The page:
follow good homework reason http://mechajournal.com/alumni/website-for-doing-homework/12/ donepezil purchasing no prescription http://www.naymz.com/can-you-write-my-dissertation/ c homework help george washington essay get link masters+thesis+in + materials+engineering words for argumentative essay follow url https://secondhelpingsatlanta.org/essay-paraphrasing-15684/ go here effect of smoking essay follow site essays on human rights in india get a custom essay go to link source url https://caberfaepeaks.com/school/customessays/27/ what happens step down prednisone can u take viagra and cialis together how to be an academic writer here good narrative essay esl article ghostwriter services uk dissertations purde owl see how to write a good essay in college My Mom passed away in 2008. For far too many years before that she suffered from Alzheimer’s. Far too many years. Looking back to the early 1990s we can now recognize behavior that may have been early signs.
Mom was also having those small strokes that affected her behavior. We had begun to talk every 2-3 days in the 1980s and that is something I miss a lot. My Mom was not easy to live with. She was a stickler for neatness, things being done only her way, and at her time no matter what worked for everyone else. Plus she was a strict mother. All that said, no human being should ever have to go through what she did.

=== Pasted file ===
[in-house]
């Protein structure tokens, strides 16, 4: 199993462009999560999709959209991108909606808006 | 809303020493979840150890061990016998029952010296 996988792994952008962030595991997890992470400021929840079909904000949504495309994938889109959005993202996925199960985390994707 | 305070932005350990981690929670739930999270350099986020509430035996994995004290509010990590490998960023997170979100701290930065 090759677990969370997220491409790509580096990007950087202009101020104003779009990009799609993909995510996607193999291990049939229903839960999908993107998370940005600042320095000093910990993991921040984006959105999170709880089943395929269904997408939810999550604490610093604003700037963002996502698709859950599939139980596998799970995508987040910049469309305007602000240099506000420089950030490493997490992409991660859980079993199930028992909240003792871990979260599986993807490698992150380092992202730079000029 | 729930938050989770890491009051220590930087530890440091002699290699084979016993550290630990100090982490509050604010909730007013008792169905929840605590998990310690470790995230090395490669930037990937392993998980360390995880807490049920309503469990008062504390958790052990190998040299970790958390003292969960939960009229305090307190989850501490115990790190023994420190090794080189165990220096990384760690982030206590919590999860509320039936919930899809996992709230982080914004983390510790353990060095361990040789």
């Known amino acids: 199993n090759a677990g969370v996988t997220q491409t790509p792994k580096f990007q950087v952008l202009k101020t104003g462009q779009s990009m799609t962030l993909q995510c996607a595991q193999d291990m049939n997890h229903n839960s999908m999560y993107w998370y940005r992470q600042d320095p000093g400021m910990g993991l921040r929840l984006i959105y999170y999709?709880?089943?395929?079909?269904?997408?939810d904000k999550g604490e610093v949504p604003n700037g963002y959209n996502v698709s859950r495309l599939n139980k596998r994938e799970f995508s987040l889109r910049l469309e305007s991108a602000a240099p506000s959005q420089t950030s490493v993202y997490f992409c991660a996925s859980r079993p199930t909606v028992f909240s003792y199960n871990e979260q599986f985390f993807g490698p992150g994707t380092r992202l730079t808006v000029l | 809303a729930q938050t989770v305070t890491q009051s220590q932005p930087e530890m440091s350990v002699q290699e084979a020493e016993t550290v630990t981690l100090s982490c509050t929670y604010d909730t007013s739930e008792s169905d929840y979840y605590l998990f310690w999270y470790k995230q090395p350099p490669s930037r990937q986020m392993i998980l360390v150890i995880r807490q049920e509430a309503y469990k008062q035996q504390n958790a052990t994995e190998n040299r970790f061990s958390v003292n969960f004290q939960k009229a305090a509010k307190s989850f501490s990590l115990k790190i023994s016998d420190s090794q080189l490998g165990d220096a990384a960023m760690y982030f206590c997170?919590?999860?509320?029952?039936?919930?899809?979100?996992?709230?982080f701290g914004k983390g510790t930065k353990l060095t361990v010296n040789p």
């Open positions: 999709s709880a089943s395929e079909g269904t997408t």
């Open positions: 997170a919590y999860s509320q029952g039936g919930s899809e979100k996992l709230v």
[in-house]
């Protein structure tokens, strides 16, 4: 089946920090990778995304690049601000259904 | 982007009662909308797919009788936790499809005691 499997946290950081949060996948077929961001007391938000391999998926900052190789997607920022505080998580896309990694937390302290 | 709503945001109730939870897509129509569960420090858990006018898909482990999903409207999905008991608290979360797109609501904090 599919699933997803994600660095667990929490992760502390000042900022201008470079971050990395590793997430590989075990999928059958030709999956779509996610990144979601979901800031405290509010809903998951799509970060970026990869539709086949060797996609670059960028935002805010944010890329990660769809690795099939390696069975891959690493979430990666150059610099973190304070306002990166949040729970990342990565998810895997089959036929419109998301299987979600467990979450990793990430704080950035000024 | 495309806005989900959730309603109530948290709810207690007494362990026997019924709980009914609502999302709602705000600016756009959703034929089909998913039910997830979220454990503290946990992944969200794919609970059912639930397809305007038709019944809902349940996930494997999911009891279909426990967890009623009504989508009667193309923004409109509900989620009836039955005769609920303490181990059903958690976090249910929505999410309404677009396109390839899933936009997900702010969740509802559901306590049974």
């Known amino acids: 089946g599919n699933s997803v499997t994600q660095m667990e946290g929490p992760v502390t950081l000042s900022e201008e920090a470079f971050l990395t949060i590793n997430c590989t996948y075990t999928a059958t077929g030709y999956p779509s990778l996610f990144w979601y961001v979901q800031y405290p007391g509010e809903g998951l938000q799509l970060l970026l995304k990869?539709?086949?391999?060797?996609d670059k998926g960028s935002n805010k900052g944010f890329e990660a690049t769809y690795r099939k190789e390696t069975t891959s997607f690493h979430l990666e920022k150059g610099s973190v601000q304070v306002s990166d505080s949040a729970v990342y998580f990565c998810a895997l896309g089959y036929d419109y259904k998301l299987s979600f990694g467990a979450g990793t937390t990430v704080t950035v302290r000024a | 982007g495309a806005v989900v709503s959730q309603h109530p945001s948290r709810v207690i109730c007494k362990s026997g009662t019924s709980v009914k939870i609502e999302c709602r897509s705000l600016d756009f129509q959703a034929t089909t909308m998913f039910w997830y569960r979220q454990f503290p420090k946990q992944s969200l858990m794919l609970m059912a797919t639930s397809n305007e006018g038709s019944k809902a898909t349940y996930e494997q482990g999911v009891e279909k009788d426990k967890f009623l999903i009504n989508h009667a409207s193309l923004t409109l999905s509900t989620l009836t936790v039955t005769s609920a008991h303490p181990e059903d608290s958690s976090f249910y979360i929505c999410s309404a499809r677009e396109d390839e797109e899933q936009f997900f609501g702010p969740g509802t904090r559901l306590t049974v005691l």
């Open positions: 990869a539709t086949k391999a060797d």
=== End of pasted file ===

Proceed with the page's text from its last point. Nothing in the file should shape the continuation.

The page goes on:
Mom would have been mortified if she knew her once careful and coordinated dressing, haircut, and classy jewelry were reduced to stained clothing, bedhead, and no jewelry. She would have be embarrassed to realize that she hit the people she loved and those who helped care for her. She would have rather missed going out in public than to have others be embarrassed by her behavior. To know that she had to be fed at the end would have given her nightmares and they probably did happen.
She did have a few lucid moments. One time she asked me whose little boys those were in her living room. I said they were Katie’s (my daughter) boys. She said Katie was too young to have kids. I would watch old movies with her and she would nod when I talked about watching movies in our old living room where I grew up. I never told her my husband had left me as it wouldn’t have been understood or so I thought. I was sitting with her one day as Sarah, one of the caregivers, was feeding her. Sarah and I were talking about the change in my life and we suddenly noticed tears running down my mother’s face. She understood. From then on I talked to her as if she really did understand things and just told her about things going on in the family. I would sometimes explain in detail about the person to whom I was referring. She lost her ability to speak but at times the frightened look in her eyes said volumes.
No one should have to live almost as a vegetable, unable to talk any longer, and unable to enjoy life for a dozen years or more. My father became her security blanket and she would panic if one of us took him to do errands. That knowledge would have shocked this once strong woman who was very self-sufficient and yes, controlling. In the study of my family’s history I have not come across knowledge that would lead me to think we have a history of Alzheimer’s or any form of prolonged dementia. So, why Mom?
© 2011 – 2014, Paula Stuart-Warren. All rights reserved.